Here are a few questions that you need to ask at the IEP Meeting:
How is "academic success" defined for your child?
If it's not entirely academic, then what is it? How will they be spending their time while the other students are focused on academics? What will your child be doing most of the day?
What happens if the IEP does not work? How much time are we talking before a new IEP can be implemented?
What kind of training do classroom teachers receive for diffusing behaviors in the classroom?
What is the plan in the event a behavior emerges that puts the student or other students and staff in danger?
What will your child be doing at school that will benefit their own abilities?
What kind of assistive technologies and methodologies are currently being used and what kind of training will teachers receive?
Here's a site ... http://www.helpguide.org/mental/adhd_add_teaching_strategies.htm
Before you consider developing an IEP for your child, as a parent or caretaker, you should be asking what it is your child will gain from his or her special education experience at school because everyone on your child's IEP team must be in agreement in defining "academic success" based on your child's ability. If it is not "academic" than what is it? How will the behaviors be diffused in the classroom?
When looking over articles about writing IEPs, keep in mind that federal law says that our children are entitled to receive a special education by their own design according to their own abilities. There is nothing in the federal law that states all children must follow the standard academic curriculum or that their IEP is restricted to what is going on in the classroom.
The whole point of having special education laws in place was to make sure that each child with special needs is guaranteed a special education according to his or her ability.
In a pre-planning IEP meeting, consider different teaching methodologies if your child is diagnosed with ADD/ADHD or Autism Spectrum Disorder or any other label that prevents them from fully participating in a classroom with their biological, typical developing peers. Bring with you to meetings, advocates who works directly with your child or other children who have a similar medical diagnosis, developmental patterns, etc.
Remember, the goals of the Individual Education Plan (IEP) for every student does not have to be linked to academic success unless the student with special needs can follow academic curriculum.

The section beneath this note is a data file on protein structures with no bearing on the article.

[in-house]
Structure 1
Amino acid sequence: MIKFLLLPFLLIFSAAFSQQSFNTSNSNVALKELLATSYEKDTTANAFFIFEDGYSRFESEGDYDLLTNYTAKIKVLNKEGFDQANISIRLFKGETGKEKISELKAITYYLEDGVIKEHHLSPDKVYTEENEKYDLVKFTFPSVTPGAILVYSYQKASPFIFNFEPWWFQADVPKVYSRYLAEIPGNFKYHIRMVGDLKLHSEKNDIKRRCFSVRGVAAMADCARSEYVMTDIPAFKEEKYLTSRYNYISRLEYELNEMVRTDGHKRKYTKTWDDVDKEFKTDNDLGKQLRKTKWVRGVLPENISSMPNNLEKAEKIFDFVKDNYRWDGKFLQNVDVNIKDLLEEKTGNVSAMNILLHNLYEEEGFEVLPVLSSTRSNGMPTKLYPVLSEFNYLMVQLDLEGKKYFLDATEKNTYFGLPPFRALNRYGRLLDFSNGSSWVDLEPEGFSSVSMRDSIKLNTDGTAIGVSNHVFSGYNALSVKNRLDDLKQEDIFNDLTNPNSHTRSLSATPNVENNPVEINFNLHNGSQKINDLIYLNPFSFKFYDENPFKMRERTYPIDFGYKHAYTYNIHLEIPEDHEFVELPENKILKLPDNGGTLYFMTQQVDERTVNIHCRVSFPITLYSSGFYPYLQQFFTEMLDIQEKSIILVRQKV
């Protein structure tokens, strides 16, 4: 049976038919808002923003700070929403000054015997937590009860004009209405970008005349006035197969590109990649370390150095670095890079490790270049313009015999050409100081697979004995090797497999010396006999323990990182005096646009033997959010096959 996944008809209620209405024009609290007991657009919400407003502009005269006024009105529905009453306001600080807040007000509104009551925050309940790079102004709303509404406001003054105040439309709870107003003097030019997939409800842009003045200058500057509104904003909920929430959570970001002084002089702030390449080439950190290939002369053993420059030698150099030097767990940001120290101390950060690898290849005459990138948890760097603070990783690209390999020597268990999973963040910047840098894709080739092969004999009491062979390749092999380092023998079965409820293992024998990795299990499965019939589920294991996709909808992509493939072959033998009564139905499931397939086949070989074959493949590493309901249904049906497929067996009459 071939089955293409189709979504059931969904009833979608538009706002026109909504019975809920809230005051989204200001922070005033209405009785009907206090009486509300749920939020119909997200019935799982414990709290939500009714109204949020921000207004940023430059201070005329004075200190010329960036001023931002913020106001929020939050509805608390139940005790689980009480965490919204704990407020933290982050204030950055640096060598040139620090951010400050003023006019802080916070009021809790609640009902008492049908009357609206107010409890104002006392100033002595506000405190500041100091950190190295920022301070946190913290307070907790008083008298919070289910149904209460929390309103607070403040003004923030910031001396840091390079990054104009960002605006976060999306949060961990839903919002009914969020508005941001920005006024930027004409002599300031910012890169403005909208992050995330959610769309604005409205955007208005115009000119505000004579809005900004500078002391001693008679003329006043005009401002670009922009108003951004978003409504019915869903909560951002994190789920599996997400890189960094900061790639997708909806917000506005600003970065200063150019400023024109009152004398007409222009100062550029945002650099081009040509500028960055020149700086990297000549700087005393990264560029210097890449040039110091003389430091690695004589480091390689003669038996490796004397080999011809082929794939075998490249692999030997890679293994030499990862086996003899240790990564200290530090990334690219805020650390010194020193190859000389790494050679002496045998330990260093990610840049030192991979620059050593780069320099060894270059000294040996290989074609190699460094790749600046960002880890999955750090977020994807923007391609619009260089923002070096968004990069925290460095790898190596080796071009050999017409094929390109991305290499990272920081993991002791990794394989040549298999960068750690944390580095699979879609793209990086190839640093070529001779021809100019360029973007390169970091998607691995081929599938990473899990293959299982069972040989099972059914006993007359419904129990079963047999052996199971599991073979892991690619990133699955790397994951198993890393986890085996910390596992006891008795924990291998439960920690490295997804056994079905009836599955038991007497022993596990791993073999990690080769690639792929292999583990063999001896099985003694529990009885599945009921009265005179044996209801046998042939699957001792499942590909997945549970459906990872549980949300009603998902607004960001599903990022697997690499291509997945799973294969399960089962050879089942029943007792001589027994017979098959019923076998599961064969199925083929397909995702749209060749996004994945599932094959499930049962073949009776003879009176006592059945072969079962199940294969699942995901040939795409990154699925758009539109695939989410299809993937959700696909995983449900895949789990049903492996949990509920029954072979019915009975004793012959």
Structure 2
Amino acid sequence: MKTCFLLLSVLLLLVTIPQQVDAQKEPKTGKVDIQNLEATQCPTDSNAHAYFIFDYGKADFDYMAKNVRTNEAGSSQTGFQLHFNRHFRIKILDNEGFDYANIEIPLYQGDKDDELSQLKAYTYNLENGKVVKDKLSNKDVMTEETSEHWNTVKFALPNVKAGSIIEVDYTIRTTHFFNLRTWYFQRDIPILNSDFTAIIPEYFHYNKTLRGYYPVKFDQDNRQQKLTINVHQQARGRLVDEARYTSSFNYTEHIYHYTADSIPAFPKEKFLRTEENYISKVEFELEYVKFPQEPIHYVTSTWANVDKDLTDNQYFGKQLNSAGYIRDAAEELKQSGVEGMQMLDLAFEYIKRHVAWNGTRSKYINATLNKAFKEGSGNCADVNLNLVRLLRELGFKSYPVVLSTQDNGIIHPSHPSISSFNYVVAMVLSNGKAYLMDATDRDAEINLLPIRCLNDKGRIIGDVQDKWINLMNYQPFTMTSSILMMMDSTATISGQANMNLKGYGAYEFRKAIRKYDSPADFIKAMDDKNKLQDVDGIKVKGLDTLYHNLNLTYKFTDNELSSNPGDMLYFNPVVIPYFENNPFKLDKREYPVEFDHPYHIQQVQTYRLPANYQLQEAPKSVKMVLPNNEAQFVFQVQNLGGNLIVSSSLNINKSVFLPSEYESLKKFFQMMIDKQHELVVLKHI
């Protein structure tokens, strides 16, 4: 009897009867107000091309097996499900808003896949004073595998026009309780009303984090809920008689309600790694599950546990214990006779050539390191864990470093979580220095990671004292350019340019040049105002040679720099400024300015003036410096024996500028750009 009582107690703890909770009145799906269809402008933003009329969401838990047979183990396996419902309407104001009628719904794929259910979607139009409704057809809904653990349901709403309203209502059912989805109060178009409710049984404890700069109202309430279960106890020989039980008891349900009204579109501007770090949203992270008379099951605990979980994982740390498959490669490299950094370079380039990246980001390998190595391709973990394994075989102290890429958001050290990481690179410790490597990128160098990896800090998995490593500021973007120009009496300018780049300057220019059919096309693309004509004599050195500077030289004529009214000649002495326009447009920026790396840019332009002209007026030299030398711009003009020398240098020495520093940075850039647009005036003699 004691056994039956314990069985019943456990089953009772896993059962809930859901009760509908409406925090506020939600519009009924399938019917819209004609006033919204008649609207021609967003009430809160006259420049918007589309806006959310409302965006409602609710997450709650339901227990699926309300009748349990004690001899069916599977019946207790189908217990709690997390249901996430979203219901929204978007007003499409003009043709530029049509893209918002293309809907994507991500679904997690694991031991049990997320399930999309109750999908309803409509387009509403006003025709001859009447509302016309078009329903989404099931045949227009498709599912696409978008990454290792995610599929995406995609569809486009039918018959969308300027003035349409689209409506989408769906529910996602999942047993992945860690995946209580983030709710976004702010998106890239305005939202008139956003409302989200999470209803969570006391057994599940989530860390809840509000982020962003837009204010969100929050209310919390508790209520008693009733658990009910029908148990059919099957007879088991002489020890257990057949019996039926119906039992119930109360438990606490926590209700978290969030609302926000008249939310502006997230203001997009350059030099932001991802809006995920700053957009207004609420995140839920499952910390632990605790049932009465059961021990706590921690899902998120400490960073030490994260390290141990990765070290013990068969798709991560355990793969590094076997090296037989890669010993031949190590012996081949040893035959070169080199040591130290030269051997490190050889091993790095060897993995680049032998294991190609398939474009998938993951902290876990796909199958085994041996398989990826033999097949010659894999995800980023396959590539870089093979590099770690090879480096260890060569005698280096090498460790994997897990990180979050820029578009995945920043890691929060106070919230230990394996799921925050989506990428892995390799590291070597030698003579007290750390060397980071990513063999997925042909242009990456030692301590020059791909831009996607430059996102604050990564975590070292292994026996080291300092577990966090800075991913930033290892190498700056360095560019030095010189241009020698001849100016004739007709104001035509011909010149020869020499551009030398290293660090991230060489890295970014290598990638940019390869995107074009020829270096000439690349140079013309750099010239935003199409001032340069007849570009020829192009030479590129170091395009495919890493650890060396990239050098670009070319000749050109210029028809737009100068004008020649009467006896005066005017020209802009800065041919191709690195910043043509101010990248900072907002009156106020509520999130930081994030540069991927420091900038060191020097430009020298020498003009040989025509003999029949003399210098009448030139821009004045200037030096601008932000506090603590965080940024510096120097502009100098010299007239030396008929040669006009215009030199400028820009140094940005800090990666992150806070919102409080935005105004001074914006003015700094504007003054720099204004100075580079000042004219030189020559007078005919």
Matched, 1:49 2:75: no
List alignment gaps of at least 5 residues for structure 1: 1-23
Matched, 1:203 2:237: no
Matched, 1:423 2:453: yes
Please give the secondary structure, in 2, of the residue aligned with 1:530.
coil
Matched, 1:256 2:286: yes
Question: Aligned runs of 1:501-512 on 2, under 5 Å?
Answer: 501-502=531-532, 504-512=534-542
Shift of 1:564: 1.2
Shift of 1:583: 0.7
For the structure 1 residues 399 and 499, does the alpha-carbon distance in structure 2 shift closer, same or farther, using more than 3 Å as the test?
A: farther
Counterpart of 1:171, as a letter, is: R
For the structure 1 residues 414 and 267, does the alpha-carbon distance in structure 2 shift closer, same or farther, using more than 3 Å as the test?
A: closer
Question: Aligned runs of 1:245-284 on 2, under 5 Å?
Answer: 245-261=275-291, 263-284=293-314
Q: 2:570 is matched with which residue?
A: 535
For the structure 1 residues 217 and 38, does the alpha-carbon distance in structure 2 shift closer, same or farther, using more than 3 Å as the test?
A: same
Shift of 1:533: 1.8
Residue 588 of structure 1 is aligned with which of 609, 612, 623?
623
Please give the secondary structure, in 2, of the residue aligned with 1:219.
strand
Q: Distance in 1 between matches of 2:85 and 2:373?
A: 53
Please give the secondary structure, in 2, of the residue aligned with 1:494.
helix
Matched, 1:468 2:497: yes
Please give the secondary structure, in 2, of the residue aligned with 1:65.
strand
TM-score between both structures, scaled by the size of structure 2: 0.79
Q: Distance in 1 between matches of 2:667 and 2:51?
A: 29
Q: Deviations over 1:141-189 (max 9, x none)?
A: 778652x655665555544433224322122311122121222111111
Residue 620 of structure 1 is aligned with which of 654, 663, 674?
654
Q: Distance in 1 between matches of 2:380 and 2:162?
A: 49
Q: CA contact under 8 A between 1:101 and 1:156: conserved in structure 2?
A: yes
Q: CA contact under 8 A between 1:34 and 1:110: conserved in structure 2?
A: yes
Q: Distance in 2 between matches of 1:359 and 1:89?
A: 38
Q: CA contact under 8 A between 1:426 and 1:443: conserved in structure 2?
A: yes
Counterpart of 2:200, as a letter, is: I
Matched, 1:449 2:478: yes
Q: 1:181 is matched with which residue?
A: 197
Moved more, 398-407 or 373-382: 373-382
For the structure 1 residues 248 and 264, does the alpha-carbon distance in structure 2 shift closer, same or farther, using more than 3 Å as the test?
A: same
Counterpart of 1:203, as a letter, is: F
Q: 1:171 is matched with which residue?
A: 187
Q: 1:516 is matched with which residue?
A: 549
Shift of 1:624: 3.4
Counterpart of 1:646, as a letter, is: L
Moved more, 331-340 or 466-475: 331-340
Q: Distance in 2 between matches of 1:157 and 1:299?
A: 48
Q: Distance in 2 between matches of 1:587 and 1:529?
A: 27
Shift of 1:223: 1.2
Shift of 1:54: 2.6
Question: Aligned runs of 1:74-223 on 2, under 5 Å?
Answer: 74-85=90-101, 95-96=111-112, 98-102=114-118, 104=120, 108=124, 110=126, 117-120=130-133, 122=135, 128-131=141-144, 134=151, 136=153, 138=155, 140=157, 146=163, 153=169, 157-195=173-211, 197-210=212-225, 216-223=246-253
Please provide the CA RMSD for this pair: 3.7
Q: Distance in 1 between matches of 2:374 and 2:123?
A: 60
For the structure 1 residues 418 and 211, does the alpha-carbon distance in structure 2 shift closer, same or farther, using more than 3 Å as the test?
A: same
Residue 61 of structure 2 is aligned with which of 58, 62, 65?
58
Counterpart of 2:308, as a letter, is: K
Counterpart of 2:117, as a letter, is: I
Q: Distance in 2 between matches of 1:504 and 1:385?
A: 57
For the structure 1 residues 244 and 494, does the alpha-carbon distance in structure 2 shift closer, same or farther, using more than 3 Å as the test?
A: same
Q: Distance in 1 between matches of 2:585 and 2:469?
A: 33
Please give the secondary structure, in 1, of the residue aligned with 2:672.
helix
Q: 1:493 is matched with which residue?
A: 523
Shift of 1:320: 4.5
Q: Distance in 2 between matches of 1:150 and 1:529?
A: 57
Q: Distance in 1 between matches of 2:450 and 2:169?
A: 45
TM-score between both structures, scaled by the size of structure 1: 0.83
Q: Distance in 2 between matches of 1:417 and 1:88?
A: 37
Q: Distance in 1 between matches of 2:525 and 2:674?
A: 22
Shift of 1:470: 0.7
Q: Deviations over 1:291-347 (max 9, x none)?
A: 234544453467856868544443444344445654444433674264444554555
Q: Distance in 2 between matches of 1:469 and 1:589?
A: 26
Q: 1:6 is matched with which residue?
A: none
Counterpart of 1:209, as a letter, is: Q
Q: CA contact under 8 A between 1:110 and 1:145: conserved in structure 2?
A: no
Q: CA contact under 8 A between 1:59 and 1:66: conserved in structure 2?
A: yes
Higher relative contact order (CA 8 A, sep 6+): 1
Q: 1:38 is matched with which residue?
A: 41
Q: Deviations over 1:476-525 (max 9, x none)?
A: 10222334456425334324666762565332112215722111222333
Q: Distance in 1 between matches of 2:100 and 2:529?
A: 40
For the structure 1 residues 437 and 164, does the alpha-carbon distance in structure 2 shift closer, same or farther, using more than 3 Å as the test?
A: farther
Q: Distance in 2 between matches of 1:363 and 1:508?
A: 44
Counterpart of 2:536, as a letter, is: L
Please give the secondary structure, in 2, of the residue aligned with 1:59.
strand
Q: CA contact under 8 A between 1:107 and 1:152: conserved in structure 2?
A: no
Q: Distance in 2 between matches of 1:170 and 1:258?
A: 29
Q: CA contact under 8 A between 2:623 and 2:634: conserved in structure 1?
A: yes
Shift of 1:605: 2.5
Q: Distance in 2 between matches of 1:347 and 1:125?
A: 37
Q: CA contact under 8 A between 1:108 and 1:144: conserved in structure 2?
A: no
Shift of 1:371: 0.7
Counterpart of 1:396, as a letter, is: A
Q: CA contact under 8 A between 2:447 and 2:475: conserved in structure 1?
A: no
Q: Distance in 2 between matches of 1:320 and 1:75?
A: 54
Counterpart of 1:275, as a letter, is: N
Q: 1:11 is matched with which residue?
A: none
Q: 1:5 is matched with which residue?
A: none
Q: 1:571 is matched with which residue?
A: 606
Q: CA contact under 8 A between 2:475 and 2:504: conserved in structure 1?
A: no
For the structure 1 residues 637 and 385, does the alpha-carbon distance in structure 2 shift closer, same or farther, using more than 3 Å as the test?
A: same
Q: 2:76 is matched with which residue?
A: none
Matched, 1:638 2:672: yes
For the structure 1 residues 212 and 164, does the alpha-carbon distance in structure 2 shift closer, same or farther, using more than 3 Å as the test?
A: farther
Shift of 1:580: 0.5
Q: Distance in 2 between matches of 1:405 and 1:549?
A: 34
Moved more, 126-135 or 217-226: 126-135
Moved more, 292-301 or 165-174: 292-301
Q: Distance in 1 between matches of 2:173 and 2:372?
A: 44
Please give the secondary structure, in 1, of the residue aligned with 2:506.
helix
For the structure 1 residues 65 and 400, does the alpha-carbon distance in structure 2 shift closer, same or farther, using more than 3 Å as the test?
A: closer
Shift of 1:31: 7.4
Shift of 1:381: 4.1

If the student with special needs cannot follow the academic curriculum then the IEP team must be in agreement and have an alternative plan in place that matches or follows the child's ability.
The IEP goals should be developed with the following criteria:
Before setting goals the team must first determine the present level of performance using various assessment tools, the needs must be clearly and specifically defined. When determining I.E.P goals consider the student's ability.
Is the student in the least hindering or most productive environment? Do the goals coordinate or clash with the regular classroom activities and schedules? What special adaptions are being made if they follow the general curriculum? Is there an alternative plan if one is needed?
After the goals, academic or alternative, have been identified, it is then stated how the team will help the student to achieve the goals, this is referred to as the objective. Each goal must have a clearly stated objective how, where and when each task will be implemented. Define and list any adaptations, aides or supportive techniques that may be required to encourage success. Clearly explain how progress will be monitored and measured. Be specific about time frames for each objective. Expect goals to be achieved at the end of an academic year. Objectives are skills required to achieve the desired goal, objectives should be accomplished in shorter intervals.
Team Members: I.E.P. team members are parents of the student, special education teacher, classroom teacher, support workers and outside agencies involved with the individual. Each member of the team plays a vital role in the development of a successful I.E.P.
Education Program Plans can become overwhelming and unrealistic. A good rule of thumb is to set one goal for each academic strand or for each alternative based on student's individual ability. This enables the teams manageability and accountability to ensure that resources are available to help the individual achieve the desired goals.
If the student I.E.P meets all of the student needs and is focused on skills for success, results and outcomes, the student with special needs will have every opportunity to develop according to his or her ability no matter how challenging their needs may be.